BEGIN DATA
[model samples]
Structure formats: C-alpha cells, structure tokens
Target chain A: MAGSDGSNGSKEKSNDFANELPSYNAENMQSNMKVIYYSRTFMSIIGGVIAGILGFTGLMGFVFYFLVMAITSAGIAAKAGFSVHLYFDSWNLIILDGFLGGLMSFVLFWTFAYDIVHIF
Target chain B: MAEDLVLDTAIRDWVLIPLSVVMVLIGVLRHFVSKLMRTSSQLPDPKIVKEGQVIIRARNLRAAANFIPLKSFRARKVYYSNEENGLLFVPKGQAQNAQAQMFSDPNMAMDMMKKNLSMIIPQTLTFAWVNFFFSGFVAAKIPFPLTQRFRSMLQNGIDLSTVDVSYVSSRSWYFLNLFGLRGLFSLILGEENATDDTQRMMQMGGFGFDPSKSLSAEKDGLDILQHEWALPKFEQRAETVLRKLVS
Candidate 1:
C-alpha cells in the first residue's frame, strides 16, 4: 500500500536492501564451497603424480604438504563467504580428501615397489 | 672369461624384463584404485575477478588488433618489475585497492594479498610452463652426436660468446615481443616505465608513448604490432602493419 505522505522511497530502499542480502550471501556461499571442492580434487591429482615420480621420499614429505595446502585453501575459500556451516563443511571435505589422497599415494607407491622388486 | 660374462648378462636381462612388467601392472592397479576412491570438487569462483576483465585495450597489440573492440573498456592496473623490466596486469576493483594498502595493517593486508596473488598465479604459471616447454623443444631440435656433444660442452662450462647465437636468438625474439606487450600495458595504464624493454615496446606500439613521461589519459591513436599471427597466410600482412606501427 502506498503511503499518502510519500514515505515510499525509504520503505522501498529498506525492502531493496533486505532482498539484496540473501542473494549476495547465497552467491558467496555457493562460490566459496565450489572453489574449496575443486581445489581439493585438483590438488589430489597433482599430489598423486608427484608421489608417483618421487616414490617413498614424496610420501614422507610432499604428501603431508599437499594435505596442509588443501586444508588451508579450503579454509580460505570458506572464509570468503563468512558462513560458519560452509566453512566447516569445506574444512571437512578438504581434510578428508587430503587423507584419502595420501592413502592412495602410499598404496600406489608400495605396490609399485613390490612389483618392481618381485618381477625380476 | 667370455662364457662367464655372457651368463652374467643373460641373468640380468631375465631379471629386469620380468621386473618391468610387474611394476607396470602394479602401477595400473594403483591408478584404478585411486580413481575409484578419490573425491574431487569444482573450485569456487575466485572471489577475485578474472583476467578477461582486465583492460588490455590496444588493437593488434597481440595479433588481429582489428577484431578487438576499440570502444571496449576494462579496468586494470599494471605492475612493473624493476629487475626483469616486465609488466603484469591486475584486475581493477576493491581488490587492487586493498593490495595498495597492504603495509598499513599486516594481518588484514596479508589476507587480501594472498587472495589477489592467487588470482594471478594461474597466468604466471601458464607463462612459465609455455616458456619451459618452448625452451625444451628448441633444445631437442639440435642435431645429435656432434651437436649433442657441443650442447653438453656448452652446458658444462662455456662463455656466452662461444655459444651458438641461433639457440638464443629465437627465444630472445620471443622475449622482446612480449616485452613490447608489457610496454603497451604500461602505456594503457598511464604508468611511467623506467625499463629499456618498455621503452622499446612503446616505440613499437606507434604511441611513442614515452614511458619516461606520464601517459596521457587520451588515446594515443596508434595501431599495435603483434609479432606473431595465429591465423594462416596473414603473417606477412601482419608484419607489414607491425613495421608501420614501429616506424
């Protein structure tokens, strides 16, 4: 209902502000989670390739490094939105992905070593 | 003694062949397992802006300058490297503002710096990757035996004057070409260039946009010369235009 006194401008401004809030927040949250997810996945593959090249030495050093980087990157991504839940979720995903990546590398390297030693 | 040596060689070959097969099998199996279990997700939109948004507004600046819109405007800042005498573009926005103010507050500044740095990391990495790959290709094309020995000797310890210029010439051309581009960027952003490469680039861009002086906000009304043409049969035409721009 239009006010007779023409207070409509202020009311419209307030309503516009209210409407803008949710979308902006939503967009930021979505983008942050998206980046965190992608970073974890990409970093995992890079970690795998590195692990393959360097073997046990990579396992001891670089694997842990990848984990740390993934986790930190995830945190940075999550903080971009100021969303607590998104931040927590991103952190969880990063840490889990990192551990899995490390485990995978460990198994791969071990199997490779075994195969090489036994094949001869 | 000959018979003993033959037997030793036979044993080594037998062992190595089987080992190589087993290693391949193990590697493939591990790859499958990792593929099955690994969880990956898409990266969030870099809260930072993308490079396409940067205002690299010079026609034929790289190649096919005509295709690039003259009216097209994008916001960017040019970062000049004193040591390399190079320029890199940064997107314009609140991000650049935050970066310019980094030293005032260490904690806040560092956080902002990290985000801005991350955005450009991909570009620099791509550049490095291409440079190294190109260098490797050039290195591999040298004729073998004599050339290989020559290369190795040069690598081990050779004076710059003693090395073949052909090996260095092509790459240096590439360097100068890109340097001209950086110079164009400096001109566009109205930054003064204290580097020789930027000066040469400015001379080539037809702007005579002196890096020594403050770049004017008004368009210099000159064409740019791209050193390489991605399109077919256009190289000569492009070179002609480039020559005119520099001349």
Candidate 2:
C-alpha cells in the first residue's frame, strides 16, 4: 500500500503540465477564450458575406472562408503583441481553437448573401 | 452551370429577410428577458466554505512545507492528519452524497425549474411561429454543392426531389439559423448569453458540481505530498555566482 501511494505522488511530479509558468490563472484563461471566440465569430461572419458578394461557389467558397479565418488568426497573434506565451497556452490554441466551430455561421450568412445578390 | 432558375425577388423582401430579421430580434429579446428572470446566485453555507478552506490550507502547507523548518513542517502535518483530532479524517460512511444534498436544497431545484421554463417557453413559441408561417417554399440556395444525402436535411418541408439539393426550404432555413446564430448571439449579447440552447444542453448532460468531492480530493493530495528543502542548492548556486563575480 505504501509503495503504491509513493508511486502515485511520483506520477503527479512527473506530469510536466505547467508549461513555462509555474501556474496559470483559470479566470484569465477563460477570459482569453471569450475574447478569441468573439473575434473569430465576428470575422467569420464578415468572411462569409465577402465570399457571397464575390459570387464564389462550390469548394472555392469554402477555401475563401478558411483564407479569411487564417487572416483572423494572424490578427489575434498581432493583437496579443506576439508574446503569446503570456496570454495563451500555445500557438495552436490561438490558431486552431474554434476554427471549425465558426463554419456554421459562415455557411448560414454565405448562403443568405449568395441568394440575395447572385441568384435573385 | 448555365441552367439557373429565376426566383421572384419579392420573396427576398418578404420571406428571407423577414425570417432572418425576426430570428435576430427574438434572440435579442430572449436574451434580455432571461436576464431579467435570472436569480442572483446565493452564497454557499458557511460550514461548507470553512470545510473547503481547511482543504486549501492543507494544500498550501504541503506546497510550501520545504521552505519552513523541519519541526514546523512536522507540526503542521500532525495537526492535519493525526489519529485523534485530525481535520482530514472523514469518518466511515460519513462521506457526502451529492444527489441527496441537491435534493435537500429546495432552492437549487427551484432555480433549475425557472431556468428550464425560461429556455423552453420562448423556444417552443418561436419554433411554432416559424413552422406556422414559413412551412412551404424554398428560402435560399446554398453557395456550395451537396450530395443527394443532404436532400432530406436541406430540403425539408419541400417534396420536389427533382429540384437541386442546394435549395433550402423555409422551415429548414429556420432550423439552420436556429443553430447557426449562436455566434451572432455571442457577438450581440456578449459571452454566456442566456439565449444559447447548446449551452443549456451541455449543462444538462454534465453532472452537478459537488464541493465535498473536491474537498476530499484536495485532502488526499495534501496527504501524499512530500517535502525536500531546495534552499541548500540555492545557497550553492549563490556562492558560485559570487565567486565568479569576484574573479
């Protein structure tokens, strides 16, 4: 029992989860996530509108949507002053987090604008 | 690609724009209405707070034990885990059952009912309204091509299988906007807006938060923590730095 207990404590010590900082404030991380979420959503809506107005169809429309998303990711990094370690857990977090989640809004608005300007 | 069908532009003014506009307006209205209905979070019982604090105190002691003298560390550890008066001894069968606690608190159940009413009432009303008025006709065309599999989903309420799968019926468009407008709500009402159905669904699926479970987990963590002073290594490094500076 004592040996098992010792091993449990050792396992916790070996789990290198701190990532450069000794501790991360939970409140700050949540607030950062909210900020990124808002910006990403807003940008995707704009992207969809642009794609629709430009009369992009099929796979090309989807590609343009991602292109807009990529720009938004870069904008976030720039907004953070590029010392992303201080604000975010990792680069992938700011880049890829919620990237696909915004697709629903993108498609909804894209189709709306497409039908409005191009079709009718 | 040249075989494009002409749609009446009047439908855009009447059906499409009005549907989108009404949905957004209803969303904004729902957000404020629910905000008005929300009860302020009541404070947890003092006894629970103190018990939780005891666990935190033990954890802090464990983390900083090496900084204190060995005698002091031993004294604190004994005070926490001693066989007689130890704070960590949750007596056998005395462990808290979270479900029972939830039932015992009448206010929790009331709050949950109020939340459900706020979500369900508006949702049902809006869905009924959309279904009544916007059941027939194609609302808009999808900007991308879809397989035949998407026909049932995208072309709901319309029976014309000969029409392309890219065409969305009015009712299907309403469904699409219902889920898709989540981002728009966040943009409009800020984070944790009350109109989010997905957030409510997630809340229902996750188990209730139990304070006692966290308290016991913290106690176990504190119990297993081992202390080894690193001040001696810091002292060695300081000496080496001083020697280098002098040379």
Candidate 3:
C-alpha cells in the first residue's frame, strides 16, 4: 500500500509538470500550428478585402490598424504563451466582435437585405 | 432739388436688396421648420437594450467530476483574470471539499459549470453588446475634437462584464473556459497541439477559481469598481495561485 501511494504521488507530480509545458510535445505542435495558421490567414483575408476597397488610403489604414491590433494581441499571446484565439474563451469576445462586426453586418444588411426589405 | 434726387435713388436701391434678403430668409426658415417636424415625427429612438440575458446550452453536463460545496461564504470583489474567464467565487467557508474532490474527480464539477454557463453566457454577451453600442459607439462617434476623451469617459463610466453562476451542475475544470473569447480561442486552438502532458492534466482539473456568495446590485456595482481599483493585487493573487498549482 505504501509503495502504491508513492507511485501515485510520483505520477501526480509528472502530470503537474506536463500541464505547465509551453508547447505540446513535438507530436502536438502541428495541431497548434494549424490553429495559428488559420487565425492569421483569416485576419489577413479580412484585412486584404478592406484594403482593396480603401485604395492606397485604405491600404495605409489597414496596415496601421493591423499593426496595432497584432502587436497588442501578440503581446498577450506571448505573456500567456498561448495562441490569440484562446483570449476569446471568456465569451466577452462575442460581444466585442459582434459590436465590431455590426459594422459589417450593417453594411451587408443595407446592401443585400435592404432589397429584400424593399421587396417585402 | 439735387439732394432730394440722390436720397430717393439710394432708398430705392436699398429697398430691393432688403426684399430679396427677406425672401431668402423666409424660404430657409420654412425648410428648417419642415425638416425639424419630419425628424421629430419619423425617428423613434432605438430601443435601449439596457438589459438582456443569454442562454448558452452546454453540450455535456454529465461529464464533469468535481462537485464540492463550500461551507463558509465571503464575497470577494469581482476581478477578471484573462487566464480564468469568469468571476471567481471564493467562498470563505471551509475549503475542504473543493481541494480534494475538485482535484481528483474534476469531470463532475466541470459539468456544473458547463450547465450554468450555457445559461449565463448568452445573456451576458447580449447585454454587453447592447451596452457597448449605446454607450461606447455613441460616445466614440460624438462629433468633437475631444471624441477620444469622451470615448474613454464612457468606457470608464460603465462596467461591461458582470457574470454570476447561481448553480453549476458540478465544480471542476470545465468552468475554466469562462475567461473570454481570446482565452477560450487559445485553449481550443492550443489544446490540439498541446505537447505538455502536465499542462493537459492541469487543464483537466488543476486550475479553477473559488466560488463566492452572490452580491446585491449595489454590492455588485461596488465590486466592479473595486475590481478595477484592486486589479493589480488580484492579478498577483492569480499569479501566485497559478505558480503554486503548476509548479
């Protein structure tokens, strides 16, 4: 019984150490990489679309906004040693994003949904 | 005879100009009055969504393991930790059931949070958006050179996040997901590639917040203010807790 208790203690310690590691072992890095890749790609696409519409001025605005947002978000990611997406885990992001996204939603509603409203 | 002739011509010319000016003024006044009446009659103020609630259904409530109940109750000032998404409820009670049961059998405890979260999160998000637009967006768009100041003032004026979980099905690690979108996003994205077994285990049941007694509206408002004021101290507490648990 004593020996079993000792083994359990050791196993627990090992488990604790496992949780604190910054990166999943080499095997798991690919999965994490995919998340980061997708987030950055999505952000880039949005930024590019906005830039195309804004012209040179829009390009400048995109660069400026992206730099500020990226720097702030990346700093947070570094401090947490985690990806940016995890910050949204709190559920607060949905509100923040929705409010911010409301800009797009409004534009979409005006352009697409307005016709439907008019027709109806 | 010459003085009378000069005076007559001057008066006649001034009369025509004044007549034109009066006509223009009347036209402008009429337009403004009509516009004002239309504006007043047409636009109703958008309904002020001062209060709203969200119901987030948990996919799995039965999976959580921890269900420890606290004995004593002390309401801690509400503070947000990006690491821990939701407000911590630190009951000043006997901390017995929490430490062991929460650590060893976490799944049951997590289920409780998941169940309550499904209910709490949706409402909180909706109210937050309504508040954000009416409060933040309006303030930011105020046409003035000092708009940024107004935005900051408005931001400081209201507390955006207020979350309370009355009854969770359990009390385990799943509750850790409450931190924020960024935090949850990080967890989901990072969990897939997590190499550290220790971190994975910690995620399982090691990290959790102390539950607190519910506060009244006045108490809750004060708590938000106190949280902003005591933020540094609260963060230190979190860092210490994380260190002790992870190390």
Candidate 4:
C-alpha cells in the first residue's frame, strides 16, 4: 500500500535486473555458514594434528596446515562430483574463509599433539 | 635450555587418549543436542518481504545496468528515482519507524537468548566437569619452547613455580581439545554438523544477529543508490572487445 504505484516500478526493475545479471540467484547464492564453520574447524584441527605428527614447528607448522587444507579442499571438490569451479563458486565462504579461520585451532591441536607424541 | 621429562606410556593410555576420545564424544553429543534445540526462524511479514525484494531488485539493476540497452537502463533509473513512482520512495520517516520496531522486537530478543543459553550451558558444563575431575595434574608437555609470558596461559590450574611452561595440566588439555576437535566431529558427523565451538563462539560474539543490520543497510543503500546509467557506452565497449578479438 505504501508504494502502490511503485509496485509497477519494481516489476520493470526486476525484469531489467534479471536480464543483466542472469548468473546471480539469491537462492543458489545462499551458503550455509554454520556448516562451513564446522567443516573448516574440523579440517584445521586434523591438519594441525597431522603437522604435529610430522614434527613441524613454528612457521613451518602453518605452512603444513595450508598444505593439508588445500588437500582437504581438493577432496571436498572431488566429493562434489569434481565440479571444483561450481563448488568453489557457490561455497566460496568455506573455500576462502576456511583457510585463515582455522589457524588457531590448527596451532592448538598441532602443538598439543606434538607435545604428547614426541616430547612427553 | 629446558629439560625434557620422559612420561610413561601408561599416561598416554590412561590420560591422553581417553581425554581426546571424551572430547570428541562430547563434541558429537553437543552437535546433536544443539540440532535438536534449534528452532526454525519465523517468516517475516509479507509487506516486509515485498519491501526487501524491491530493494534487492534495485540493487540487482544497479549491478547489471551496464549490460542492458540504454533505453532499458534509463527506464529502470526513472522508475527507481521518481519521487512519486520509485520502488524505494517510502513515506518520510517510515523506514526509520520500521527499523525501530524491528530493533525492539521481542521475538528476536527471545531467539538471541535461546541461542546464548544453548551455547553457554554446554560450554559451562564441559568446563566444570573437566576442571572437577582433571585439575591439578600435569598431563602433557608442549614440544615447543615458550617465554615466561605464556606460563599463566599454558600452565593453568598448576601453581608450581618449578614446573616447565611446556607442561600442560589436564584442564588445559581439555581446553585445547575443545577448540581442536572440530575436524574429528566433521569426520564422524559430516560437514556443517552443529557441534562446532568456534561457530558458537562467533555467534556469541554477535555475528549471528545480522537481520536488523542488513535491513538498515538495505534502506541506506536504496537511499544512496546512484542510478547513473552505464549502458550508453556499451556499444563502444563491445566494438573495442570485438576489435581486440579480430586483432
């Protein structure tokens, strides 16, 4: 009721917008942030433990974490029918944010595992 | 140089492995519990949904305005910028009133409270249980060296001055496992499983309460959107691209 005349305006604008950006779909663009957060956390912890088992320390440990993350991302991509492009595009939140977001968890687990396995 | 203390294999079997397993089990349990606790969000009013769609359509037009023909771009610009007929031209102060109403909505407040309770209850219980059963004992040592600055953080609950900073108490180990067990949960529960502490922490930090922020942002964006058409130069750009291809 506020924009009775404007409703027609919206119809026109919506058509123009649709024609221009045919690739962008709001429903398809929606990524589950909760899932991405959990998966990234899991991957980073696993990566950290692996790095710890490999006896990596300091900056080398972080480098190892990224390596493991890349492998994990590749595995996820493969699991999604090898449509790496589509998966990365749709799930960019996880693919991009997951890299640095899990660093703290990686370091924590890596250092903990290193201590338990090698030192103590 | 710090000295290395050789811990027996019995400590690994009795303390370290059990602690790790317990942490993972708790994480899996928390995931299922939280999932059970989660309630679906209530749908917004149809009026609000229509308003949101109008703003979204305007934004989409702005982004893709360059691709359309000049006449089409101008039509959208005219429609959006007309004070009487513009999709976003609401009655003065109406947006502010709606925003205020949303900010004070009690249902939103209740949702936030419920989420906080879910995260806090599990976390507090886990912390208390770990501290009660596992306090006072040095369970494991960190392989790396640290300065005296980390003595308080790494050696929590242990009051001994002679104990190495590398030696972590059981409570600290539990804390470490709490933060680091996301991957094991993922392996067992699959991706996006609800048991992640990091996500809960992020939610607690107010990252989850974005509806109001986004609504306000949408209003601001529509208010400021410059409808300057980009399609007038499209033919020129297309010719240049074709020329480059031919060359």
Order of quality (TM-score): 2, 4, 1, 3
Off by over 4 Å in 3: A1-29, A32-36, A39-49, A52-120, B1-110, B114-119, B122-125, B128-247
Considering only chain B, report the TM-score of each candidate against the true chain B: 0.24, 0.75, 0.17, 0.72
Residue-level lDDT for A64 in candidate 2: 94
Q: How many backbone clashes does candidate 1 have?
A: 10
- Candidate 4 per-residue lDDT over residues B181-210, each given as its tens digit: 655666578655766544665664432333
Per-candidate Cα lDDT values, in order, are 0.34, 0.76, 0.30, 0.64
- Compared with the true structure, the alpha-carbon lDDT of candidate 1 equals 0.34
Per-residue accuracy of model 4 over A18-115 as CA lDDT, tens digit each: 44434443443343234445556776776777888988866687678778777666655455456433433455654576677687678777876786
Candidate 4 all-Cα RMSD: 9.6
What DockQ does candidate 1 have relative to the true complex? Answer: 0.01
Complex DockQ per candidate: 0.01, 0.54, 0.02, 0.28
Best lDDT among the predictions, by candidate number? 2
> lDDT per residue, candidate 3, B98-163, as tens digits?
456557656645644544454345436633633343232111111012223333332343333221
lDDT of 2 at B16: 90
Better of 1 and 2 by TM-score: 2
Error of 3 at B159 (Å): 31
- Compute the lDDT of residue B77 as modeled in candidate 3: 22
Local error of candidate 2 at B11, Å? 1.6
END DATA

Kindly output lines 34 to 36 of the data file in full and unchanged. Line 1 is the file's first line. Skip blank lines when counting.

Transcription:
Better of 1 and 2 by TM-score: 2
Error of 3 at B159 (Å): 31
- Compute the lDDT of residue B77 as modeled in candidate 3: 22